So, I decided to run the next bunch of tests on a solution from Gainward (you will certainly get an idea of the others’ results as well, because they will be just a little lower than those of the overclocking leader - Gainward FX PowerPack! Model Ultra/1200 XP “Golden Sample”).
The competitor of NVIDIA GeForce FX 5900, ATI RADEON 9800, also pleased us with its high results:
The graphics chip acquired 44.6% of the nominal frequency (!), and the graphics memory overclocked by 20.7%. As a result, the overclocked RADEON 9800 also appeared faster than its more powerful modification, ATI RADEON 9800 Pro.
Well, the ongoing comparison of the overclocked graphics cards performance promises to be very interesting. Ok, let’s start with Quake3 Arena.
The overclocked NVIDIA GeForce FX 5900 and ATI RADEON 9800 manage to get far ahead of more expensive graphics card models.
Enabled full-screen anti-aliasing requires higher memory bus bandwidth. Even though the memory of our graphics cards overclocked not as successfully as the graphics cores, GeForce FX 5900 and RADEON 9800 retained their leadership.
With enabled anisotropic filtering the graphics processor is loaded much heavier, while the memory bus workload remains almost the same. So, graphics core overclocking is essential particularly for anisotropic filtering. Take a look at the results:
In the hardest mode in the highest resolutions the gap between overclocked graphics cards and the solutions working at the nominal frequencies gets somewhat smaller. It is probably the memory bus workload that starts telling here, especially keeping in mind that memory overclocking was not very efficient.
So, in Quake3 Arena the overclocked NVIDIA GeForce FX 5900 and ARI RADEON 9800 proved faster than their more powerful counterparts. They managed to outpace their non-overclocked Ultra and Pro fellows by the same value as their fellows outpaced them before we sat to overclocking.
Now let’s see how the situation will change in a heavier test: the “gaming” Unreal Tournament 2003 demo record:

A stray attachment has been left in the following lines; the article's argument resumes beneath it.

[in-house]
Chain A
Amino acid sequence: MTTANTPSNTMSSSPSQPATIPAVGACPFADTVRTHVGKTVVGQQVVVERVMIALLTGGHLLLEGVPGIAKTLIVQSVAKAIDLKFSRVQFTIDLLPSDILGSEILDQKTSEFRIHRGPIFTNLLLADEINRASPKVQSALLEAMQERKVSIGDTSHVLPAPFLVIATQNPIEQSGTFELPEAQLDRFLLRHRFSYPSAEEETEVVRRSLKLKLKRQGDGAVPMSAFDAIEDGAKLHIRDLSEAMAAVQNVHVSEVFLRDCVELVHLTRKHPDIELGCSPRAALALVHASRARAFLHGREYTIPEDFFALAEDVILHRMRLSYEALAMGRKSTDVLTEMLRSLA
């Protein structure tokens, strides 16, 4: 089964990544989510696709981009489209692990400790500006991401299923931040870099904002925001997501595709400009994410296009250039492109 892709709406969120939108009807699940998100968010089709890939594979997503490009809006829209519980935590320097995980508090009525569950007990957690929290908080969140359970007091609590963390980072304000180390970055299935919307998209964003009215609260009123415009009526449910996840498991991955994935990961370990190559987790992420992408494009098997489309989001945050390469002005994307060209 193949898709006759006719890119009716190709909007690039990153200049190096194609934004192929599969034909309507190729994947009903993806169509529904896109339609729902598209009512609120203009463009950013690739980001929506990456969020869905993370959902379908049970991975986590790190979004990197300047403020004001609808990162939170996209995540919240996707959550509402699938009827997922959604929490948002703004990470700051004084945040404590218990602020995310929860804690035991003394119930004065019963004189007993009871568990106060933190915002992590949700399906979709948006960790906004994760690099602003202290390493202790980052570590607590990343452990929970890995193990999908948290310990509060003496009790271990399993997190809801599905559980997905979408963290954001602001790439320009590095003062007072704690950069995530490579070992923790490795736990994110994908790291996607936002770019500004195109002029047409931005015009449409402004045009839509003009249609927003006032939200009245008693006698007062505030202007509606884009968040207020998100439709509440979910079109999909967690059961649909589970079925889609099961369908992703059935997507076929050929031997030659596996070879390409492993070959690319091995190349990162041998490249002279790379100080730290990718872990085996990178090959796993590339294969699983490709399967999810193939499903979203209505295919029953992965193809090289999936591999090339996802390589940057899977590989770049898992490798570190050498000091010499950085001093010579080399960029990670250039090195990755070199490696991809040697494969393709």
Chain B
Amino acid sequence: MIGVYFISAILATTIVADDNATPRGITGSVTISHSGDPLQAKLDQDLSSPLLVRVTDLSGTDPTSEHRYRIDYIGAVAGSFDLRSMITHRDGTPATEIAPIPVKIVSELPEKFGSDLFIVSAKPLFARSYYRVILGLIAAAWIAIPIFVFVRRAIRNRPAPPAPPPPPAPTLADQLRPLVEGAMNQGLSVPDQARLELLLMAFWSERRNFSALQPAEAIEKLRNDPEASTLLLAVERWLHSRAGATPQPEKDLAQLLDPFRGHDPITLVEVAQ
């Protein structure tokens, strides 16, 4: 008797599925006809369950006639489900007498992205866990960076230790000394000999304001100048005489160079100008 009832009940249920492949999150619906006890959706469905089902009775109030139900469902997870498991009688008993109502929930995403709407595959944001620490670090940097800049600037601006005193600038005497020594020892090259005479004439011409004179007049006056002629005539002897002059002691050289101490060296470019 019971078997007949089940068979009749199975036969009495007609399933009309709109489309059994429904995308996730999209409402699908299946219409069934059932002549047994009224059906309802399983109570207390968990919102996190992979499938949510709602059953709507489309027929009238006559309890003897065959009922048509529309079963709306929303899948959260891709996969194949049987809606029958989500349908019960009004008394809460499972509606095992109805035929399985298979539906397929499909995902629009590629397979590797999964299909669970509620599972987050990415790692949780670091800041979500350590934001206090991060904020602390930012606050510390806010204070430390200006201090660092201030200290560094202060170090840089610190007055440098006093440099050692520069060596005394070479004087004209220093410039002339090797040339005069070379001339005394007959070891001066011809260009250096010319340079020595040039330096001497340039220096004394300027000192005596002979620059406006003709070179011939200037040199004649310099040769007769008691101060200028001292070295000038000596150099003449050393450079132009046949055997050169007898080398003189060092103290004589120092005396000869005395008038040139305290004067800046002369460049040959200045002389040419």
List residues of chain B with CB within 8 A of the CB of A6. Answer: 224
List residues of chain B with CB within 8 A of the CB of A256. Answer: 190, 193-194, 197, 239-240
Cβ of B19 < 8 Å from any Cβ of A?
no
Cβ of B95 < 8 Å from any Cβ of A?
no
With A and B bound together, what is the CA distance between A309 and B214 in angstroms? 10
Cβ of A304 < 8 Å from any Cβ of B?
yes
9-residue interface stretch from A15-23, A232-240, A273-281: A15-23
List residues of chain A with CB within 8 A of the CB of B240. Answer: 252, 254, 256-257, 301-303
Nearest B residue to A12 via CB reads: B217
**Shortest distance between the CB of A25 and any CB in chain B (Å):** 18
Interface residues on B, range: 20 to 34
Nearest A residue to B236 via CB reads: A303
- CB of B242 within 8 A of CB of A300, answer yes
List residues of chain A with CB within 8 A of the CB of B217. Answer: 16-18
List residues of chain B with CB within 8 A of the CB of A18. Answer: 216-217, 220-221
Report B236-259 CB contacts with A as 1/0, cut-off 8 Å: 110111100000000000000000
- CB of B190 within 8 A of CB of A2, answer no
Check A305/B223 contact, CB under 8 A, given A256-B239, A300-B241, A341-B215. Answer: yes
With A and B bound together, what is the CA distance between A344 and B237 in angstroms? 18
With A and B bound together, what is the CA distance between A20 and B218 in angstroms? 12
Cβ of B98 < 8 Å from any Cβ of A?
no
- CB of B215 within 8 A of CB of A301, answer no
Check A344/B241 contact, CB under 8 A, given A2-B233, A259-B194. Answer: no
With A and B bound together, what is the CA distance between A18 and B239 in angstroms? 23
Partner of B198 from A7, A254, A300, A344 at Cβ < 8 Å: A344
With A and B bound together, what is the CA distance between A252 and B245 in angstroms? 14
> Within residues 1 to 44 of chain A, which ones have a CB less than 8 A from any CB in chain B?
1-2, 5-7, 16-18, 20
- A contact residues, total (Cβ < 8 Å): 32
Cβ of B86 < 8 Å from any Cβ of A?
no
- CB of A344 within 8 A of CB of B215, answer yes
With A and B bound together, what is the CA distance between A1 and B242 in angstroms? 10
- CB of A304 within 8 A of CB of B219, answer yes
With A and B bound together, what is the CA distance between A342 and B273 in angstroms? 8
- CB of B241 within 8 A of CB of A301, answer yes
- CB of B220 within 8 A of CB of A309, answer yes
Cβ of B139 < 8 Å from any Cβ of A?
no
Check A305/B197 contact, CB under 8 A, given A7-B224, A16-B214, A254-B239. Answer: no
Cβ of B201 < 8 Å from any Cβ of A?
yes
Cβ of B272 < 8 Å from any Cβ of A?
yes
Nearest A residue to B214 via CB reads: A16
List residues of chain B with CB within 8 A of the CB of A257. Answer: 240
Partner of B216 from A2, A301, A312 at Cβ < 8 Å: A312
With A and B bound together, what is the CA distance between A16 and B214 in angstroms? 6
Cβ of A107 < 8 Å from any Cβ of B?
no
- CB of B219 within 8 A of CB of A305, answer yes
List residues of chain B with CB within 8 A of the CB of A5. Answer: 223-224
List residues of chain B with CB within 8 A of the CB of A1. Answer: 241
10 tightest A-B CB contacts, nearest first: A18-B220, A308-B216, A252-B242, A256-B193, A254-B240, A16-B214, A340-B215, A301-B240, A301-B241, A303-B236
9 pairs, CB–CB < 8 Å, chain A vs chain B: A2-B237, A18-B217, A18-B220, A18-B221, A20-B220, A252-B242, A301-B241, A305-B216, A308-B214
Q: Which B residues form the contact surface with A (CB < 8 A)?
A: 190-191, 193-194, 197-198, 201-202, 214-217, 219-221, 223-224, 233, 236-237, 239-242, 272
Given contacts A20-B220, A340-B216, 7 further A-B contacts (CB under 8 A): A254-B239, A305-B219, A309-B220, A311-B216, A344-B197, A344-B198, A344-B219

In the lightest modes our overclocked graphics cards outperform NVIDIA GeForce FX 5900 Ultra and ATI RADEON 9800 Pro working at the nominal frequencies. However, the performance difference between them is not so great as in Quake3 Arena.
With enabled FSAA the advantages of the overclocked RADEON 9800 over the Pro version gets smaller, and the overclocked NVIDIA GeForce FX 5900 even loses it completely in all resolutions above 1024x768. It is probably bigger amount of graphics memory and its dual-bank working mode that tell here.
As soon as we enable anisotropic filtering, the overclocked graphics cards dash forward. RADEON 9800 appears the fastest in this race, due to faster anisotropic filtering algorithms, which, however, provide not very high image quality.
Under the heaviest workload the overclocked ATI RADEON 9800 is still ahead of the RADEON 9800 Pro. The overclocked NVIDIA GeForce FX 5900 starts falling behind its faster Ultra version in higher resolutions where the memory bus workload grows up.
Well, the performance difference between NVIDIA GeForce FX 5900, ATI RADEON 9800 and their faster analogues appeared not very high: 10-15% in the heaviest work modes. The pricing on NVIDIA GeForce FX 5900 Ultra and ATI RADEON 9800 Pro exceeds that on the non-Ultra and non-Pro versions much more than by these 10-15%.
Therefore, if you are looking not for the “world’s very best” graphics card, but just for a good High-End product with a nice potential to last it for a while, then why don’t you take a closer look at NVIDIA GeForce FX 5900 and ATI RADEON 9800? These solutions become the most interesting today, because if overclocked, they are mostly faster than their more expensive fellows.
The upcoming launch of NVIDIA NV38 and ATI R360, the “overclocked versions” of the NV35 and R350, which is scheduled for this September-October, will not tell on the attractiveness of NVIDIA GeForce FX 5900 and ATI RADEON 9800. On the contrary, the new chips announcement will make the cards based on NVIDIA GeForce FX 5900 and ATI RADEON 9800 less expensive, while the overclocking potential will remain the same :)
It seems to be a more difficult question, which graphics card of the two is better: NVIDIA GeForce FX 5900 or ATI RADEON 9800?
On the one hand, NVIDIA GeForce FX 5900 with a better anisotropic filtering algorithm on the whole performs almost as fast as RADEON 9800 or maybe even a little faster in some cases.
On the other hand, DirectX8 shaders were the maximum our today's benchmarks could really involve, while in case of DirectX9 shaders RADEON 9800 will definitely be much faster. As a result, it will do really great in modern games using DirectX9 shaders. Finally, the price of graphics cards based on ATI chips is considerably lower, than that of NVIDIA based solutions. So, from the pricing point of view, NVIDIA GeForce FX 5900 is more likely to compete not with ATI RADEON 9800, but with a more powerful ATI RADEON 9800 Pro…
Well, undoubtedly you will make the right choice!
P.S.: You can download non-standard record demos, which we used during this test session here (616KB).